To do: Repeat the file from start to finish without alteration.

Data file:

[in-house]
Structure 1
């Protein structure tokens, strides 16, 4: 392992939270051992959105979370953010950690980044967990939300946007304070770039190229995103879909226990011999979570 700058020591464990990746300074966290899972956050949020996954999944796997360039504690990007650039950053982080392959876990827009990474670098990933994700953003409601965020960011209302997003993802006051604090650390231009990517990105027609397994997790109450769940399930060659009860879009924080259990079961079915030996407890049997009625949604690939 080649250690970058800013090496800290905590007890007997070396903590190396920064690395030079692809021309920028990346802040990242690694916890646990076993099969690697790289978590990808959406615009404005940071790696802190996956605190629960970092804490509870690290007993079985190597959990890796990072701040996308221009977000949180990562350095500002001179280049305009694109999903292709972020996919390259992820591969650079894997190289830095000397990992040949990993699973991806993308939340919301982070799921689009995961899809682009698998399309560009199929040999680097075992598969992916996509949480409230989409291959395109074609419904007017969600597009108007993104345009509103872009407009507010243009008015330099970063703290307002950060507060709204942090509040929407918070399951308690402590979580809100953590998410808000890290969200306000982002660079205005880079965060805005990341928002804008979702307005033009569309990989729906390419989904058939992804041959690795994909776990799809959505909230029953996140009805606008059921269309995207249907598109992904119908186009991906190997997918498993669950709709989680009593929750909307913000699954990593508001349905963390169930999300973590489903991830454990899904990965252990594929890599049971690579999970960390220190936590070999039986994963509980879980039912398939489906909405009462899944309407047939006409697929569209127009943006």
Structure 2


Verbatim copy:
[in-house]
Structure 1
């Protein structure tokens, strides 16, 4: 392992939270051992959105979370953010950690980044967990939300946007304070770039190229995103879909226990011999979570 700058020591464990990746300074966290899972956050949020996954999944796997360039504690990007650039950053982080392959876990827009990474670098990933994700953003409601965020960011209302997003993802006051604090650390231009990517990105027609397994997790109450769940399930060659009860879009924080259990079961079915030996407890049997009625949604690939 080649250690970058800013090496800290905590007890007997070396903590190396920064690395030079692809021309920028990346802040990242690694916890646990076993099969690697790289978590990808959406615009404005940071790696802190996956605190629960970092804490509870690290007993079985190597959990890796990072701040996308221009977000949180990562350095500002001179280049305009694109999903292709972020996919390259992820591969650079894997190289830095000397990992040949990993699973991806993308939340919301982070799921689009995961899809682009698998399309560009199929040999680097075992598969992916996509949480409230989409291959395109074609419904007017969600597009108007993104345009509103872009407009507010243009008015330099970063703290307002950060507060709204942090509040929407918070399951308690402590979580809100953590998410808000890290969200306000982002660079205005880079965060805005990341928002804008979702307005033009569309990989729906390419989904058939992804041959690795994909776990799809959505909230029953996140009805606008059921269309995207249907598109992904119908186009991906190997997918498993669950709709989680009593929750909307913000699954990593508001349905963390169930999300973590489903991830454990899904990965252990594929890599049971690579999970960390220190936590070999039986994963509980879980039912398939489906909405009462899944309407047939006409697929569209127009943006």
Structure 2